Dogwood anthracnose (Discula destructive) is a fungus that appeared simultaneously on both coasts of the United States in the mid-1970s, origin unknown.
It forms purple-rimmed tan blotches on the leaves, and cankers on the twigs of our beautiful flowering dogwood. Lower branches often die first, and the trunk may produce a lot of sprouting as a last-ditch (but ill-fated) attempt to survive.1
Healthy trees may be able to survive a bout with the fungus, but trees stressed from drought or other problems can die within a few years—sometimes within months. Early removal of infected parts may help the tree survive (taking care to disinfect the pruning tools with rubbing alcohol between cuts).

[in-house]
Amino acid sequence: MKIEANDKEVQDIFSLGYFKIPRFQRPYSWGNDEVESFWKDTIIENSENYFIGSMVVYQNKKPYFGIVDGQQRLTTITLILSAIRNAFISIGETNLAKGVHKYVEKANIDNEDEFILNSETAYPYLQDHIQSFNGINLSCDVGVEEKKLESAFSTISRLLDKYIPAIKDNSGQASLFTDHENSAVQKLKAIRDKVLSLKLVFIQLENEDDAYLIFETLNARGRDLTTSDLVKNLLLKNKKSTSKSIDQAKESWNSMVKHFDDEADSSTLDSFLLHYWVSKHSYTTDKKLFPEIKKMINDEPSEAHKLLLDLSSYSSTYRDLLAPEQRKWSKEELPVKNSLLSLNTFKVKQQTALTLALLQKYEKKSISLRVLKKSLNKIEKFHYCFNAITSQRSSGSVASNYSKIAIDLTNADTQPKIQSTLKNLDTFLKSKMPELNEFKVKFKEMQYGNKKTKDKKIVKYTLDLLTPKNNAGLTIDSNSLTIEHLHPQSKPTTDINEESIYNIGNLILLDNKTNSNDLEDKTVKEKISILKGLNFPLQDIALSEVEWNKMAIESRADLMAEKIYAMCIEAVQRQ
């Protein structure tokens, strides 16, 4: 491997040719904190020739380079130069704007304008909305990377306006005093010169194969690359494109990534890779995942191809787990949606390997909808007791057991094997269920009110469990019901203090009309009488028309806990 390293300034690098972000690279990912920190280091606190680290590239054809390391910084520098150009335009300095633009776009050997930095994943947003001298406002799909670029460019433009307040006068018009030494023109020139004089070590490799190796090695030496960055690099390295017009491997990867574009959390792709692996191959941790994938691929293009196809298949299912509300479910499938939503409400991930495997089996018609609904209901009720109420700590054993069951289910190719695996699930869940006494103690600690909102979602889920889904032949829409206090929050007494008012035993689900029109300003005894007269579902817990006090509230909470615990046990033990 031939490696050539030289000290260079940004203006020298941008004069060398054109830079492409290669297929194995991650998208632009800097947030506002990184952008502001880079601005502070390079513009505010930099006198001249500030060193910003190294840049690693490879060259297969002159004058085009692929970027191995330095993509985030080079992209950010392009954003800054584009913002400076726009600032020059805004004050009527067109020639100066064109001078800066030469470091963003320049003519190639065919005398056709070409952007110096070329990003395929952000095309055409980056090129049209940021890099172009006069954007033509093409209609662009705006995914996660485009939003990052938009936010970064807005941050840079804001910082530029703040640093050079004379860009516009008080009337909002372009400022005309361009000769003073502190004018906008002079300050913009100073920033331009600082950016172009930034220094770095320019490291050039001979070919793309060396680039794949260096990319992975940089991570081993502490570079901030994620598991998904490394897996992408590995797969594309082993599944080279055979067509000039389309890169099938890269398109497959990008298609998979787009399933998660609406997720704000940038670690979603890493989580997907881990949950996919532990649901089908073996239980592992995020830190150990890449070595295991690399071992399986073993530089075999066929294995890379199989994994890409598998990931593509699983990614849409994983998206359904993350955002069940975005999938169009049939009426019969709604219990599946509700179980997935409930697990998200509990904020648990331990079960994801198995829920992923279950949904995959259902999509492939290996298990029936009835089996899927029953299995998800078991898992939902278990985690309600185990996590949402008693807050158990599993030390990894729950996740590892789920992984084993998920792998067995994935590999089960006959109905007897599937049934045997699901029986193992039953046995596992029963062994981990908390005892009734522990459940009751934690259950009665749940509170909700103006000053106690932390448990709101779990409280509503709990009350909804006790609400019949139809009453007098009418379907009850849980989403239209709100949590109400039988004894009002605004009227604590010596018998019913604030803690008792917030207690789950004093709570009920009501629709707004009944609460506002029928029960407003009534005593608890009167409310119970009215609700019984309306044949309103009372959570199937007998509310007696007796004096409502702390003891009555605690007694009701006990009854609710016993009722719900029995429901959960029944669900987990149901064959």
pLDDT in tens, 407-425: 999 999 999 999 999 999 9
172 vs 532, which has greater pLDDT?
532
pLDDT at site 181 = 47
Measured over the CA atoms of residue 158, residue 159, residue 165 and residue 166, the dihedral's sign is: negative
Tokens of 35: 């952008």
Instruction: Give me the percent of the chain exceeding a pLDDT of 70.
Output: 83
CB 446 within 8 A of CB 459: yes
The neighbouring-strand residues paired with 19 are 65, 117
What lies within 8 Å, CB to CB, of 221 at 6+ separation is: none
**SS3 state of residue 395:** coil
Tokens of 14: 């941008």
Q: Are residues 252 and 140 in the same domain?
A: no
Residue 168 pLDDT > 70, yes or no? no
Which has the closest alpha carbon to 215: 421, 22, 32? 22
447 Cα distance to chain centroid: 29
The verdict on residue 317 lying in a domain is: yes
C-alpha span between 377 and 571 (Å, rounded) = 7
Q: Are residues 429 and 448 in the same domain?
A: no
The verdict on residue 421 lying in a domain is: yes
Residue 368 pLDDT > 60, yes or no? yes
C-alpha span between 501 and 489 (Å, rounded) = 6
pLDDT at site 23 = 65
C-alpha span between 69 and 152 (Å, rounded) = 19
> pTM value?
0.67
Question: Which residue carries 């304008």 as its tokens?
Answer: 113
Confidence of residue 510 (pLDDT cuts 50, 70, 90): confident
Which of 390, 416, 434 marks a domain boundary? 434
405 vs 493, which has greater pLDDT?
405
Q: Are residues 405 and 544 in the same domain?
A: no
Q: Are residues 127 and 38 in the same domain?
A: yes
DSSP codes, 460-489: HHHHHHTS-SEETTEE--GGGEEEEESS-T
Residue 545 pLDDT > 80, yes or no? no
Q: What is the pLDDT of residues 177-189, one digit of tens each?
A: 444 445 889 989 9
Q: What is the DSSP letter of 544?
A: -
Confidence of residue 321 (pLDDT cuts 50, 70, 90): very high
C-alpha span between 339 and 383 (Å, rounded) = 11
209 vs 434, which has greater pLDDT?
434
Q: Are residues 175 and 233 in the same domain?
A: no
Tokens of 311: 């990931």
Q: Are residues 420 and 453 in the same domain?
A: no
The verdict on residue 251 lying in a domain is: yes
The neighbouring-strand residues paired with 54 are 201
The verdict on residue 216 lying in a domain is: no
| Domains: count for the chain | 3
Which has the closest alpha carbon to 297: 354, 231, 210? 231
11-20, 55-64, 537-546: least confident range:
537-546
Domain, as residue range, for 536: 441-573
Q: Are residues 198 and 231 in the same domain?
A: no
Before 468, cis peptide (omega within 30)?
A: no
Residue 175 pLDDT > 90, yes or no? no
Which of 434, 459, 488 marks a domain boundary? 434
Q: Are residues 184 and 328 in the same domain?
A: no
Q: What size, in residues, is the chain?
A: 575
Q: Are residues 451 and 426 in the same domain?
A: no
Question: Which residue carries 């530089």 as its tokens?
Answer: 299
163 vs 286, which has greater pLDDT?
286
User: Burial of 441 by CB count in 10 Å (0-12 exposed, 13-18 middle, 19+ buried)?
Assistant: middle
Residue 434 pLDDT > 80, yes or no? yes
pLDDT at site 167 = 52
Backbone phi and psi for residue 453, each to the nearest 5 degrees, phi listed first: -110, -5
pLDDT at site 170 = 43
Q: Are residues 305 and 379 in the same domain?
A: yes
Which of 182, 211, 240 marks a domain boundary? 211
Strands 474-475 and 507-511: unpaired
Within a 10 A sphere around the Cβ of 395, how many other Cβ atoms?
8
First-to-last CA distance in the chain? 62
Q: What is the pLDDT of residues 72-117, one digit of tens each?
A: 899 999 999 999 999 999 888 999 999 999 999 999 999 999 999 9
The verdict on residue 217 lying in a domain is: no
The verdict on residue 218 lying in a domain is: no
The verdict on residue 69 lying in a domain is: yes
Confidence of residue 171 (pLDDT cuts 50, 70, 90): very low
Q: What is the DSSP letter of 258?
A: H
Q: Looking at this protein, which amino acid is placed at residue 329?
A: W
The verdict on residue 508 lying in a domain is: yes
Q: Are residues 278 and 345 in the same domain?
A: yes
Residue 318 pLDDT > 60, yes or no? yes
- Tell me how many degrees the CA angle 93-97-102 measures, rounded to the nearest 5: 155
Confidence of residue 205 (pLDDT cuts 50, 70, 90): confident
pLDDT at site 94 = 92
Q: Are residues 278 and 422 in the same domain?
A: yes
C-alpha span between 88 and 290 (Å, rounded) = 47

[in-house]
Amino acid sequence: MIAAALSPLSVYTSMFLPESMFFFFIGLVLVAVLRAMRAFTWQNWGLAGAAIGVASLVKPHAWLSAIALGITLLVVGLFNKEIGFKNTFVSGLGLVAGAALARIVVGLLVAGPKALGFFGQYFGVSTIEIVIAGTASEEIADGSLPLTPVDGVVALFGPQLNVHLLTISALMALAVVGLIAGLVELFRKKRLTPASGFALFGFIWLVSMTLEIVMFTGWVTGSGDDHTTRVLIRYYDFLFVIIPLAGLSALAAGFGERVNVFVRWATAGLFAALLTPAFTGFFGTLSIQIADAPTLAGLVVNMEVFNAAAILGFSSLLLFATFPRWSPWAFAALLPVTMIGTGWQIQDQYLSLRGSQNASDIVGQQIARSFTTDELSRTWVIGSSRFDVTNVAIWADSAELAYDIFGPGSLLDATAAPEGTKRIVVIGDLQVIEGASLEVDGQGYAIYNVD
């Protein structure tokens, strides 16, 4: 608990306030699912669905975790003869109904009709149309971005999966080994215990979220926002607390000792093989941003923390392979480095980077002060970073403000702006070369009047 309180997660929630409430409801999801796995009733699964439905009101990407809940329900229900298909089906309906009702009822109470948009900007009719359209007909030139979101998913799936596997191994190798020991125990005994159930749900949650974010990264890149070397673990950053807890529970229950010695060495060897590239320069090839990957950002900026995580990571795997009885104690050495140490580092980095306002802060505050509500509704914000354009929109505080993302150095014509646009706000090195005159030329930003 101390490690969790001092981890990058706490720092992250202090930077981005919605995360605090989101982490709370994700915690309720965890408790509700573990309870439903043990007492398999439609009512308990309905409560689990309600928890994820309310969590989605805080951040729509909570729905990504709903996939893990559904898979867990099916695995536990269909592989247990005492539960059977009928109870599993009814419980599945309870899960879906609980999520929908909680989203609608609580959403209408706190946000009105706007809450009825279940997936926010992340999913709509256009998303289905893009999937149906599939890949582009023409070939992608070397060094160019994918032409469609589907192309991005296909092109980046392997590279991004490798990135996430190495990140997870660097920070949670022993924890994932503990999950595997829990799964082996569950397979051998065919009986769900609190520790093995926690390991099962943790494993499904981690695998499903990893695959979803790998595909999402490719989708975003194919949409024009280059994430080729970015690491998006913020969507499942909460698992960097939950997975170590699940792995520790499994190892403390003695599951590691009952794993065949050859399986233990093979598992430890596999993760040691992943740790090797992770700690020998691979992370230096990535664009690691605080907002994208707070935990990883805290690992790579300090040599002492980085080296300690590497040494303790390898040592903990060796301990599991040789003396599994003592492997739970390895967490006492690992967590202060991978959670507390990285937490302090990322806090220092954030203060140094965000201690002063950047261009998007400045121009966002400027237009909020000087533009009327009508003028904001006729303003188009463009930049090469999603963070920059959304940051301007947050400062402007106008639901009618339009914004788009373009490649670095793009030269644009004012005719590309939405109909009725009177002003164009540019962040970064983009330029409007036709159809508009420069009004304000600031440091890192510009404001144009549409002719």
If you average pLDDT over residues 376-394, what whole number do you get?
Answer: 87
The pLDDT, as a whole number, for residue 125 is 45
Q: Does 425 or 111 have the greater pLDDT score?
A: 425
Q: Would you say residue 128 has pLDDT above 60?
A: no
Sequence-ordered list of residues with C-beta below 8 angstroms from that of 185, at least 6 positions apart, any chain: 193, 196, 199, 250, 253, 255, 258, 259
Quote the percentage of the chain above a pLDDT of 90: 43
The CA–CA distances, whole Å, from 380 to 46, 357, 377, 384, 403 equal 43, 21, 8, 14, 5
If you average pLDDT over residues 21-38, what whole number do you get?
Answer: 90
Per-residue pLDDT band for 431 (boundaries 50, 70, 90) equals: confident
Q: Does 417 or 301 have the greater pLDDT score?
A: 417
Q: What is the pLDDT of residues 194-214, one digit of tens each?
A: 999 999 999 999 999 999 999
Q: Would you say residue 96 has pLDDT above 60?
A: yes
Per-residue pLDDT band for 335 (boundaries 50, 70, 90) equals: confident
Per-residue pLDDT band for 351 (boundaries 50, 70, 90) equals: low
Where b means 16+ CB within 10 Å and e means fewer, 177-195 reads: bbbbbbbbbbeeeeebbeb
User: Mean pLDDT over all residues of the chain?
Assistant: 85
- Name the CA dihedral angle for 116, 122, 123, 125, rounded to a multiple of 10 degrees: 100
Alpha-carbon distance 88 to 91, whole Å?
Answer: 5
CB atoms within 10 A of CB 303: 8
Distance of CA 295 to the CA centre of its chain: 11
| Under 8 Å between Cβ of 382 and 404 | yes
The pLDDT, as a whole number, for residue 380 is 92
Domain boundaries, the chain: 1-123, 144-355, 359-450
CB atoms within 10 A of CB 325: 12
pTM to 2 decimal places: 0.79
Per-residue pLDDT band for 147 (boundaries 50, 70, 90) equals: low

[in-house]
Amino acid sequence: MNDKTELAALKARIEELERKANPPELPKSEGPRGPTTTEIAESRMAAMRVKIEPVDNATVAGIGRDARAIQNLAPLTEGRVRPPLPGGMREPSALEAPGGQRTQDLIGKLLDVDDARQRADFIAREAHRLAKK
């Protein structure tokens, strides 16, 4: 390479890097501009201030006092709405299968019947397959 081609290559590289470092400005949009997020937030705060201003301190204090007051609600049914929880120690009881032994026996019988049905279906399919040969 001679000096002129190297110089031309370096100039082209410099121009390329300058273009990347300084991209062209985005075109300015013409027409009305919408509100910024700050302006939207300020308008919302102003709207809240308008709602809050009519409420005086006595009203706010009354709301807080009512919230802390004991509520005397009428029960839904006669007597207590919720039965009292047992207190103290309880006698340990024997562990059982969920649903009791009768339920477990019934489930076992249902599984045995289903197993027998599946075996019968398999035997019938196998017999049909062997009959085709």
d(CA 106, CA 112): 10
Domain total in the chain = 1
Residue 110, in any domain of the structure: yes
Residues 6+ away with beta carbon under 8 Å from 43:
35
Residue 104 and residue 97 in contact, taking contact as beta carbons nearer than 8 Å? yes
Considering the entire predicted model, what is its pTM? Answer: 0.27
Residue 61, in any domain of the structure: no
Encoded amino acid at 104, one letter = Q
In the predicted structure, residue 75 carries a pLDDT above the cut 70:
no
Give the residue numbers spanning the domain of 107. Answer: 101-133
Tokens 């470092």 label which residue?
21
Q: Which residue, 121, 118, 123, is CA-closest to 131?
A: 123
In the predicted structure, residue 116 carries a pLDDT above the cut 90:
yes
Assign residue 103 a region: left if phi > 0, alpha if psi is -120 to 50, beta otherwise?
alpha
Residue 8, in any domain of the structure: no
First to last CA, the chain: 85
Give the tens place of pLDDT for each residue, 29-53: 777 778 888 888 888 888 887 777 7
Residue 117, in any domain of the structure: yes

The spores of the fungus can be splashed by rain or carried by other means, such as insects, birds, and pruning tools. Some trees seem to be resistant.
Flowering dogwood trees are valued for their beauty in early spring and because their fall berries feed many birds.